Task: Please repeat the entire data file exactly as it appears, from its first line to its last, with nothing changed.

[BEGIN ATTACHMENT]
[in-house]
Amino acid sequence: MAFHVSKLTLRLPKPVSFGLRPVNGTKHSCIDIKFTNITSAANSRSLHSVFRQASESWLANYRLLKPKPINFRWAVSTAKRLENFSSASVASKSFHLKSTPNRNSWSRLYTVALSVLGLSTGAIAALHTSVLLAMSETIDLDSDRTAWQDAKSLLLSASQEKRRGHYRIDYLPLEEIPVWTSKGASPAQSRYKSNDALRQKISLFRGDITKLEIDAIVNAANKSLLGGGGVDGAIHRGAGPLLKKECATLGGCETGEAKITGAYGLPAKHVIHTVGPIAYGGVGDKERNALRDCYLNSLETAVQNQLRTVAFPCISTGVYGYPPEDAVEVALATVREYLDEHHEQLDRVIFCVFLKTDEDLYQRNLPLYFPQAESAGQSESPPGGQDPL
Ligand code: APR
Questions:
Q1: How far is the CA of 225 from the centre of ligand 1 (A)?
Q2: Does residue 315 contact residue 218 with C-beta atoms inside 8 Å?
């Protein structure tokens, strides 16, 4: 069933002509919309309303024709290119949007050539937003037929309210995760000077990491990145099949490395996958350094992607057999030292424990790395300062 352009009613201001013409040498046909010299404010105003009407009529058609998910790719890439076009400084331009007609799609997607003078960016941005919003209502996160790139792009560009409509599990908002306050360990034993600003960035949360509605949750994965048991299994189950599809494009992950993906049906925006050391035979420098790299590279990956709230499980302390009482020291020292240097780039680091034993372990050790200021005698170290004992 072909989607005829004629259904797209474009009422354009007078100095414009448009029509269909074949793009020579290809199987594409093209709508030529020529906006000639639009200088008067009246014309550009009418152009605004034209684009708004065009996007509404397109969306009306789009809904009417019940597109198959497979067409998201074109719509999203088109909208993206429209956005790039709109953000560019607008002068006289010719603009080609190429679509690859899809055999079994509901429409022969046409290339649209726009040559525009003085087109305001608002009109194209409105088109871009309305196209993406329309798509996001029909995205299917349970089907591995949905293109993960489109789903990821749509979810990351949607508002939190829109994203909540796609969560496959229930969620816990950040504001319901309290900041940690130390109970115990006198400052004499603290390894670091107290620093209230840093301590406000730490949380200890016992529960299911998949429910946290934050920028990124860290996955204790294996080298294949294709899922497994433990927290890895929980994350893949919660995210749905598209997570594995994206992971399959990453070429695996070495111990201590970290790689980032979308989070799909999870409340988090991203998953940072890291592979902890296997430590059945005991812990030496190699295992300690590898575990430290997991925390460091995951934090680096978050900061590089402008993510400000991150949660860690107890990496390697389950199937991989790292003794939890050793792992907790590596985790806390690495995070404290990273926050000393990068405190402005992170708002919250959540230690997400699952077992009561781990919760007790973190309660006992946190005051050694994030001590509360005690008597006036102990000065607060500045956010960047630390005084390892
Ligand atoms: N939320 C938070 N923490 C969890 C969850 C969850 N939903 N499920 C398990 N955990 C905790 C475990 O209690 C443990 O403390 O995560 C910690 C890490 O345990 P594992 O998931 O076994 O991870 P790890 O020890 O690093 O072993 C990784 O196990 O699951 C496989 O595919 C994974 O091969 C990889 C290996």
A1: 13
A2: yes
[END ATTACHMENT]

[in-house]
Amino acid sequence: MAFHVSKLTLRLPKPVSFGLRPVNGTKHSCIDIKFTNITSAANSRSLHSVFRQASESWLANYRLLKPKPINFRWAVSTAKRLENFSSASVASKSFHLKSTPNRNSWSRLYTVALSVLGLSTGAIAALHTSVLLAMSETIDLDSDRTAWQDAKSLLLSASQEKRRGHYRIDYLPLEEIPVWTSKGASPAQSRYKSNDALRQKISLFRGDITKLEIDAIVNAANKSLLGGGGVDGAIHRGAGPLLKKECATLGGCETGEAKITGAYGLPAKHVIHTVGPIAYGGVGDKERNALRDCYLNSLETAVQNQLRTVAFPCISTGVYGYPPEDAVEVALATVREYLDEHHEQLDRVIFCVFLKTDEDLYQRNLPLYFPQAESAGQSESPPGGQDPL
Ligand code: APR
Questions:
Q1: How far is the CA of 225 from the centre of ligand 1 (A)?
Q2: Does residue 315 contact residue 218 with C-beta atoms inside 8 Å?
């Protein structure tokens, strides 16, 4: 069933002509919309309303024709290119949007050539937003037929309210995760000077990491990145099949490395996958350094992607057999030292424990790395300062 352009009613201001013409040498046909010299404010105003009407009529058609998910790719890439076009400084331009007609799609997607003078960016941005919003209502996160790139792009560009409509599990908002306050360990034993600003960035949360509605949750994965048991299994189950599809494009992950993906049906925006050391035979420098790299590279990956709230499980302390009482020291020292240097780039680091034993372990050790200021005698170290004992 072909989607005829004629259904797209474009009422354009007078100095414009448009029509269909074949793009020579290809199987594409093209709508030529020529906006000639639009200088008067009246014309550009009418152009605004034209684009708004065009996007509404397109969306009306789009809904009417019940597109198959497979067409998201074109719509999203088109909208993206429209956005790039709109953000560019607008002068006289010719603009080609190429679509690859899809055999079994509901429409022969046409290339649209726009040559525009003085087109305001608002009109194209409105088109871009309305196209993406329309798509996001029909995205299917349970089907591995949905293109993960489109789903990821749509979810990351949607508002939190829109994203909540796609969560496959229930969620816990950040504001319901309290900041940690130390109970115990006198400052004499603290390894670091107290620093209230840093301590406000730490949380200890016992529960299911998949429910946290934050920028990124860290996955204790294996080298294949294709899922497994433990927290890895929980994350893949919660995210749905598209997570594995994206992971399959990453070429695996070495111990201590970290790689980032979308989070799909999870409340988090991203998953940072890291592979902890296997430590059945005991812990030496190699295992300690590898575990430290997991925390460091995951934090680096978050900061590089402008993510400000991150949660860690107890990496390697389950199937991989790292003794939890050793792992907790590596985790806390690495995070404290990273926050000393990068405190402005992170708002919250959540230690997400699952077992009561781990919760007790973190309660006992946190005051050694994030001590509360005690008597006036102990000065607060500045956010960047630390005084390892
Ligand atoms: N939320 C938070 N923490 C969890 C969850 C969850 N939903 N499920 C398990 N955990 C905790 C475990 O209690 C443990 O403390 O995560 C910690 C890490 O345990 P594992 O998931 O076994 O991870 P790890 O020890 O690093 O072993 C990784 O196990 O699951 C496989 O595919 C994974 O091969 C990889 C290996």
A1: 13
A2: yes